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Pool, Wilfred (NAM) | Geluk, Mark (Shell Int. E&P) | Abels, Janneke (Shell International E&P) | Tiley, Graham John (Shell International E&P) | Idiz, Erdem (Shell Global Solutions International) | Leenaarts, Elise
Copyright 2012, Society of Petroleum Engineers This paper was prepared for presentation at the SPE/EAGE European Unconventional Resources Conference and Exhibition held in Vienna, Austria, 20-22 March 2012. This paper was selected for presentation by an SPE program committee following review of information contained in an abstract submitted by the author(s). Contents of the paper have not been reviewed by the Society of Petroleum Engineers and are subject to correction by the author(s). The material does not necessarily reflect any position of the Society of Petroleum Engineers, its officers, or members. Electronic reproduction, distribution, or storage of any part of this paper without the written consent of the Society of Petroleum Engineers is prohibited. Permission to reproduce in print is restricted to an abstract of not more than 300 words; illustrations may not be copied. The abstract must contain conspicuous acknowledgment of SPE copyright. Abstract In 2008 Shell obtained two licenses for unconventional gas exploration in the Skåne region of southern Sweden, with a total size of 2500 km 2 (600,000 ac). The objective was the Cambro-Ordovician Alum Shale, one of the thickest and richest marine source rocks in onshore northern Europe.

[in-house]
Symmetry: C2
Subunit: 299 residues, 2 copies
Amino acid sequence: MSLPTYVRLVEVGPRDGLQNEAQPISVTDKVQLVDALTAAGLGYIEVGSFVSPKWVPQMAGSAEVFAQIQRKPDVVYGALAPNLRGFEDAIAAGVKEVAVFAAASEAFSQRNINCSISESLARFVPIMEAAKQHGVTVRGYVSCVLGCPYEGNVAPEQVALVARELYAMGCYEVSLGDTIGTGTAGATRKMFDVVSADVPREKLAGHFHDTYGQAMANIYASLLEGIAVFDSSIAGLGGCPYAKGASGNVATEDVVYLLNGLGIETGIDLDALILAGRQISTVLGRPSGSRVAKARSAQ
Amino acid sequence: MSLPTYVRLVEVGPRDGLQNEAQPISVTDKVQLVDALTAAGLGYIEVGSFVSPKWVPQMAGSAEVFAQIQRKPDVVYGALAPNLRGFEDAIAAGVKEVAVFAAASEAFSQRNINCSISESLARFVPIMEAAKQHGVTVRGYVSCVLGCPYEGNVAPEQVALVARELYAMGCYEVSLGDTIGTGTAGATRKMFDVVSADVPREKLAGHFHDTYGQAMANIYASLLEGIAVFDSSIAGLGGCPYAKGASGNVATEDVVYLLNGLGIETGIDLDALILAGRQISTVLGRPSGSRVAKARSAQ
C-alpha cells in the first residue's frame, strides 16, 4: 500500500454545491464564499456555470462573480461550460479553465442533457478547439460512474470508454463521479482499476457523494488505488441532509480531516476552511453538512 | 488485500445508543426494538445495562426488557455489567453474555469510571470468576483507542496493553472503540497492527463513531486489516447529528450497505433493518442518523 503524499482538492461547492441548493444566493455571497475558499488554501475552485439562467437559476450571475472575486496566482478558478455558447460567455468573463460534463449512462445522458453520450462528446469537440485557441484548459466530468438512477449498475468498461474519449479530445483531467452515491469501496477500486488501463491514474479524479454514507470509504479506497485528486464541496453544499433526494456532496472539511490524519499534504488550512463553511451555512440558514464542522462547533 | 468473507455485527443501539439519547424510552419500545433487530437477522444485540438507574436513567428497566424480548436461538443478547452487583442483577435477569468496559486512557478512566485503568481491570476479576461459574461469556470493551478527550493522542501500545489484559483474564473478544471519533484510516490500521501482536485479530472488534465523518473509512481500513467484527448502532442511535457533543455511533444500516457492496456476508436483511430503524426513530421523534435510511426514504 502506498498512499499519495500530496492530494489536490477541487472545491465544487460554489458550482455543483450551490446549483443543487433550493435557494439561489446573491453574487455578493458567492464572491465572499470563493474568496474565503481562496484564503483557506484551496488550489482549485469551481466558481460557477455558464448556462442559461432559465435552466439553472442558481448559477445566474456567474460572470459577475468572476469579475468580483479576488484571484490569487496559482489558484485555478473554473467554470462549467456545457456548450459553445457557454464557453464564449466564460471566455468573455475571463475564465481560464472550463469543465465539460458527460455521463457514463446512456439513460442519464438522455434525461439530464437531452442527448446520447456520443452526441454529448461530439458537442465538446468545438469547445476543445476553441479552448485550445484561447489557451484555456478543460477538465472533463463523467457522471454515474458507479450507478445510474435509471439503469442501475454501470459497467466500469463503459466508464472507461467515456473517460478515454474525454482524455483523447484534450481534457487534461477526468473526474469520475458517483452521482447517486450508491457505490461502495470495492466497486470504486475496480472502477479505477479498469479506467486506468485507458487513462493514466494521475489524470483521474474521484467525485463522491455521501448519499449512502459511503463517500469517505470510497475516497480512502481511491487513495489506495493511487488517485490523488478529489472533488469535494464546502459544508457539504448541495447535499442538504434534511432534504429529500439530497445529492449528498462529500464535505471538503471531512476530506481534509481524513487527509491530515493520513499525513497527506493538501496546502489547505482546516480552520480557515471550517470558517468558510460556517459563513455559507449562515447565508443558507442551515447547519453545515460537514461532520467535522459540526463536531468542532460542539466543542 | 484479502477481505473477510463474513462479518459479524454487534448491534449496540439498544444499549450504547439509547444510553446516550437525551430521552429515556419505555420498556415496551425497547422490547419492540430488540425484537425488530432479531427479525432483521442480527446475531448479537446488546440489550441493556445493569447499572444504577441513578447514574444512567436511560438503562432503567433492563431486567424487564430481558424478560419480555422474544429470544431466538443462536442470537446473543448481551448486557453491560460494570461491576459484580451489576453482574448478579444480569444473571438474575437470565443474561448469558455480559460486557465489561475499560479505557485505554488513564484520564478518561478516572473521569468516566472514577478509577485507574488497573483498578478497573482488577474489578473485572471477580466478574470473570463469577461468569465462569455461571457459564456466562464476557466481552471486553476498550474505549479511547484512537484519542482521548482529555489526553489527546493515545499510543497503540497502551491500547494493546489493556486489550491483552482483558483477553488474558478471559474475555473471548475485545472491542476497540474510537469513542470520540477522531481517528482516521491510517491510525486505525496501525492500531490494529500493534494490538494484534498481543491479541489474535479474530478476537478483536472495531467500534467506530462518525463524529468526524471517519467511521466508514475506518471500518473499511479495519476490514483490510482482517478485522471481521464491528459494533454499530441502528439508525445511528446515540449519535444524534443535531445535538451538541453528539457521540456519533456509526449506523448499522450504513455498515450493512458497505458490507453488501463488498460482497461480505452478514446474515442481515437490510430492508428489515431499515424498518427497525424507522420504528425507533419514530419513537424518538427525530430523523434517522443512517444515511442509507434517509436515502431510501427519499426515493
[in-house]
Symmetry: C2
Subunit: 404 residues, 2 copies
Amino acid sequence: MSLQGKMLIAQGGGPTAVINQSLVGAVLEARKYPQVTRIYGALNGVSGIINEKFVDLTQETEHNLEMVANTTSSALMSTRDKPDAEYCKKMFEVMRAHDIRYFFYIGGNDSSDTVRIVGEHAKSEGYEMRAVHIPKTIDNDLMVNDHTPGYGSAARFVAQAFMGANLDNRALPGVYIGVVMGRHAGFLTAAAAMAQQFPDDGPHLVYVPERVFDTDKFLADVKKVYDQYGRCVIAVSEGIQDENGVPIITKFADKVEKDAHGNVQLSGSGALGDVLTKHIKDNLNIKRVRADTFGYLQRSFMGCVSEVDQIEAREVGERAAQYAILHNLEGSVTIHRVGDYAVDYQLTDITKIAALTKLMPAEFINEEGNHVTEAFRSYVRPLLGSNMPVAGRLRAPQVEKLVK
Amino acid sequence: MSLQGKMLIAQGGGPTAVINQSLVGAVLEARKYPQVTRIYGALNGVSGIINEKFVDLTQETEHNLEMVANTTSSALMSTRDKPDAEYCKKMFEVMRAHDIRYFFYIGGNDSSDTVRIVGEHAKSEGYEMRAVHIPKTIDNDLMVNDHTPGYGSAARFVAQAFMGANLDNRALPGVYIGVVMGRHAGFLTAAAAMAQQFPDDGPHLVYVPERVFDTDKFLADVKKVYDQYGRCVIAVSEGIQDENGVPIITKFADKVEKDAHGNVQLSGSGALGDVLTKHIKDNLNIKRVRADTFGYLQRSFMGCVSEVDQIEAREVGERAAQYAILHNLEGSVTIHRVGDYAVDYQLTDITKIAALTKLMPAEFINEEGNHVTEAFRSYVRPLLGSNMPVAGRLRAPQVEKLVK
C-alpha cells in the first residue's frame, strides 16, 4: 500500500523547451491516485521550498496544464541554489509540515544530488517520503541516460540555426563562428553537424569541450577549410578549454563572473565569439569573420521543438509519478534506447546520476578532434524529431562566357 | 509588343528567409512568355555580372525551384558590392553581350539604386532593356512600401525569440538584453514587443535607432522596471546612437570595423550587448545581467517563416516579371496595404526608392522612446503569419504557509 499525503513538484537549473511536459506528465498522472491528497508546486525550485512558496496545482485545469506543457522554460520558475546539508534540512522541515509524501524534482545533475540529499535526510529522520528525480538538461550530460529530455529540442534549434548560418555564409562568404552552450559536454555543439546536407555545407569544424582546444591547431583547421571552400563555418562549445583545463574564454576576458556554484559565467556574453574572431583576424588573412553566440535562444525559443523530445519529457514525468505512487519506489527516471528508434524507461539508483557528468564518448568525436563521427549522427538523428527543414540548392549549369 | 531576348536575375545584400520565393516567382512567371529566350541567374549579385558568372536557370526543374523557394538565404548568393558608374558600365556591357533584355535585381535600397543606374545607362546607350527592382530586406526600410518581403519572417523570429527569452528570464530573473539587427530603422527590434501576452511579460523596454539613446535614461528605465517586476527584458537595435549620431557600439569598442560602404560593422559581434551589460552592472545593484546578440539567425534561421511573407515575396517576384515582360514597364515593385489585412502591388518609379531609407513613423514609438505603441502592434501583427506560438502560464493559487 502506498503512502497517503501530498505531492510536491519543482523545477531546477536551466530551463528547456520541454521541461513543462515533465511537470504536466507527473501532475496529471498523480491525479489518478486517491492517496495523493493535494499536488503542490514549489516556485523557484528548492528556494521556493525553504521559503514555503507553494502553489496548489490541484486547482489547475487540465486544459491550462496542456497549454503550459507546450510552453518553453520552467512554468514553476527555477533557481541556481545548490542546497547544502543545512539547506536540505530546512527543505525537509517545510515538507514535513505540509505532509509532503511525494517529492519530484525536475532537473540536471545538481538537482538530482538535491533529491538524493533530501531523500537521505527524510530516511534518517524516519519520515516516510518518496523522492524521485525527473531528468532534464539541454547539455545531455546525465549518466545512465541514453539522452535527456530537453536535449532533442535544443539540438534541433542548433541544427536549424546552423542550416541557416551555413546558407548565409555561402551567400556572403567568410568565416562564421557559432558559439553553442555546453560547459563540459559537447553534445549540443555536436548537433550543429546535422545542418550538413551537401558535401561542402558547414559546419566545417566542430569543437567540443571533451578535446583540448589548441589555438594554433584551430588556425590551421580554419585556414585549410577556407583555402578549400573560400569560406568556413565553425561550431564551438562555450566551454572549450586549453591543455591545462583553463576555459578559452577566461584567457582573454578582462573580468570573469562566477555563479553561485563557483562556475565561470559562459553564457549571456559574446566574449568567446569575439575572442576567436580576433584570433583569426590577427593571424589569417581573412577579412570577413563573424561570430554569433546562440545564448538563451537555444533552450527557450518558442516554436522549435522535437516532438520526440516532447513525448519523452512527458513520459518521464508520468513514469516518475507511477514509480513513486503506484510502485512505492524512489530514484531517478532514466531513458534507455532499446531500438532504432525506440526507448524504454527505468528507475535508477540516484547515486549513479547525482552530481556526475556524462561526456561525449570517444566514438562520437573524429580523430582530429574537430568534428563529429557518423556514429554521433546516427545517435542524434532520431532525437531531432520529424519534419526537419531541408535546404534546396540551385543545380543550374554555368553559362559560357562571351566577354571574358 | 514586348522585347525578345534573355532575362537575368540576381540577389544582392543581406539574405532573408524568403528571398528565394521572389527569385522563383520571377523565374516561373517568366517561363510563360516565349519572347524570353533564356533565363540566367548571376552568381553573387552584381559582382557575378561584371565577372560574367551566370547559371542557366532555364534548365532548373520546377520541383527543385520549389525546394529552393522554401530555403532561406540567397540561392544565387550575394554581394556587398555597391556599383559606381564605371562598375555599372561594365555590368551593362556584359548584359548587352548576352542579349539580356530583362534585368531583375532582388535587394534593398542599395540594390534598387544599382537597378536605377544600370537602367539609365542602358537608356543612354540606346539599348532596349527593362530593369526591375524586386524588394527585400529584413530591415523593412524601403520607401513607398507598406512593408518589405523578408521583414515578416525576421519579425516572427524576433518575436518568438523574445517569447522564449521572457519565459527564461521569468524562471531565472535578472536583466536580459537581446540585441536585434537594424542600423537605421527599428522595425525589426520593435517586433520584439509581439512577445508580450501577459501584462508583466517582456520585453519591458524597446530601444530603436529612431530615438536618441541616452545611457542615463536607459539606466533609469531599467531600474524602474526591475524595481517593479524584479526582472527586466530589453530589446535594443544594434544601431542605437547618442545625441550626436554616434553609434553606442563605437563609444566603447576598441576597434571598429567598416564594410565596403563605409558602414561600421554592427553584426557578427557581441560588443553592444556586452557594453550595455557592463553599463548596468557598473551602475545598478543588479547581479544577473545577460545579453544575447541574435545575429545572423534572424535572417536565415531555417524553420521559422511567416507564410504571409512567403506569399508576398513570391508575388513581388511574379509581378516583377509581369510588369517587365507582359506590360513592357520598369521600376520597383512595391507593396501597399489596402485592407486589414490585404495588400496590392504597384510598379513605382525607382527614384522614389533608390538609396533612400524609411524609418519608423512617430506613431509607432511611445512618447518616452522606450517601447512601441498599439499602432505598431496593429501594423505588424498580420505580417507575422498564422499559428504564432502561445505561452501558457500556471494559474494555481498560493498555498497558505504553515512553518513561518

Pressure build-up due to fluid thermal expansion in sealed annuli of HP/HT wells can have serious consequences such as casing failure or tubing collapse. To determine whether mitigation was required for a HP/HT development, annular pressures in an appraisal well were studied with a dedicated field test, which consisted of running a pressure/temperature memory gauge in a casing/casing annulus of a well and testing the well several times during a 3-month period, after which the gauge was retrieved and the data were read out.
First of all, comparison of the magnitude of the observed annular pressures with the burst and collapse ratings of the casings, shows that annular pressure build-up is a serious consideration in casing design. Such design is to be based on theoretical models for annular pressure build-up. The data acquired with the test serve to validate these models.
The data demonstrated that in the lower temperature range (20 to 40°C), on average, pressure development in the annulus agreed reasonably well with theoretical model predictions, based on thermal expansion of the annular fluids and casings, and ballooning and compression of the casing strings. The influence of these factors could be established by analyzing the transient pressure response of the annulus. At higher temperatures the theoretical models overestimate pressure build-up. This is probably to be attributed to the properties of the completion fluids differing from the properties of the base fluid, water. Estimates on the basis of pure water properties can be considered a worst-case estimate for pressure build-up. Leak-off of the annular fluids, which was seen to dominate pressure development during a previous test in a well with a cement shortfall between casings, did not play a significant role in this fully cemented and sealed annulus.